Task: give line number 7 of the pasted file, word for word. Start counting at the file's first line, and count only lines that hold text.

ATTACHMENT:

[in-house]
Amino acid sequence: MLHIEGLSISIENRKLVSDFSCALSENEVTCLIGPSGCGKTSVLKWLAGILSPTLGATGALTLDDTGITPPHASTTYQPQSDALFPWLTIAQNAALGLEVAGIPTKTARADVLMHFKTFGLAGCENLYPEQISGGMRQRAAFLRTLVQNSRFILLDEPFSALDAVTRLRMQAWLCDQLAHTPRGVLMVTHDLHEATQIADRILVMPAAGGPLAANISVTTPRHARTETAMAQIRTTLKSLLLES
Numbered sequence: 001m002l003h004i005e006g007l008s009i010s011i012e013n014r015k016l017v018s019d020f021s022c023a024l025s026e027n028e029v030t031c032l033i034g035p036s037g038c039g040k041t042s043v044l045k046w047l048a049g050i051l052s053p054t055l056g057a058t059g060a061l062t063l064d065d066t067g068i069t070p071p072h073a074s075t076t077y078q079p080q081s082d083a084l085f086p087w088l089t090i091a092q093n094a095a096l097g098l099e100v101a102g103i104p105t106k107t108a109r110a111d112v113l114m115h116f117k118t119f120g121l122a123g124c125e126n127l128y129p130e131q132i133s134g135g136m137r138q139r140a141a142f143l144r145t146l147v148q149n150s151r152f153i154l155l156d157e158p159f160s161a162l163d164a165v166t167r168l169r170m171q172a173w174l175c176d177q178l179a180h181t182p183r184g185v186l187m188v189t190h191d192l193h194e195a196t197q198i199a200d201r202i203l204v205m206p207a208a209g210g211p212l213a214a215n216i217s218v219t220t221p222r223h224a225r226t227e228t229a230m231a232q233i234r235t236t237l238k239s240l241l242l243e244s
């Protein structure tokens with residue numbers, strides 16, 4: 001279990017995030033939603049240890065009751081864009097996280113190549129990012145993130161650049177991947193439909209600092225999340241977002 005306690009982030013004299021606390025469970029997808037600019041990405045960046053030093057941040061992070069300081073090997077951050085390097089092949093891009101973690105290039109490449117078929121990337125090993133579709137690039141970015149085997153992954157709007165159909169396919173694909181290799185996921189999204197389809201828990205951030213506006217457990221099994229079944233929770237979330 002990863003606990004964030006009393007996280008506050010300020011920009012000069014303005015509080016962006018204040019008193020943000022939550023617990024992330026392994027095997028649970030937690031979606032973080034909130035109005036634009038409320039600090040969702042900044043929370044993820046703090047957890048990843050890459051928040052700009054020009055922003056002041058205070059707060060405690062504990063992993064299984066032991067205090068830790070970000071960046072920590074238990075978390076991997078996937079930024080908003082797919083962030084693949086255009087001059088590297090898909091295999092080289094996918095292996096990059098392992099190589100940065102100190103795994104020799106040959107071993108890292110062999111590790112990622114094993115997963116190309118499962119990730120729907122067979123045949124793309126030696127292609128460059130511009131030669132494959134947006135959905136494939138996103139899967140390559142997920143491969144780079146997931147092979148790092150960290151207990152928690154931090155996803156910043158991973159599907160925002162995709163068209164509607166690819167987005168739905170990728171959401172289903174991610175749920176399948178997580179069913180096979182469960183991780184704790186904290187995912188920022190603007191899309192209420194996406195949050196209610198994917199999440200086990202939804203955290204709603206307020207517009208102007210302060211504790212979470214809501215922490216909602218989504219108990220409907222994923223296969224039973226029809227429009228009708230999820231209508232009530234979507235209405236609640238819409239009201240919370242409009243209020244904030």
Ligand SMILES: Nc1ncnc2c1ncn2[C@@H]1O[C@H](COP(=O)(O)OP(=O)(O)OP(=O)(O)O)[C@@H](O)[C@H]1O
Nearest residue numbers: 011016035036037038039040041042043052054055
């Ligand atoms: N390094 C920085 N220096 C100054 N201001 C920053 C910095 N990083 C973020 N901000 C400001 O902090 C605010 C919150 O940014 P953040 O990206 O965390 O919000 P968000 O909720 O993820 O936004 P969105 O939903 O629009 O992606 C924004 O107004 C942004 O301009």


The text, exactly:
């Ligand atoms: N390094 C920085 N220096 C100054 N201001 C920053 C910095 N990083 C973020 N901000 C400001 O902090 C605010 C919150 O940014 P953040 O990206 O965390 O919000 P968000 O909720 O993820 O936004 P969105 O939903 O629009 O992606 C924004 O107004 C942004 O301009």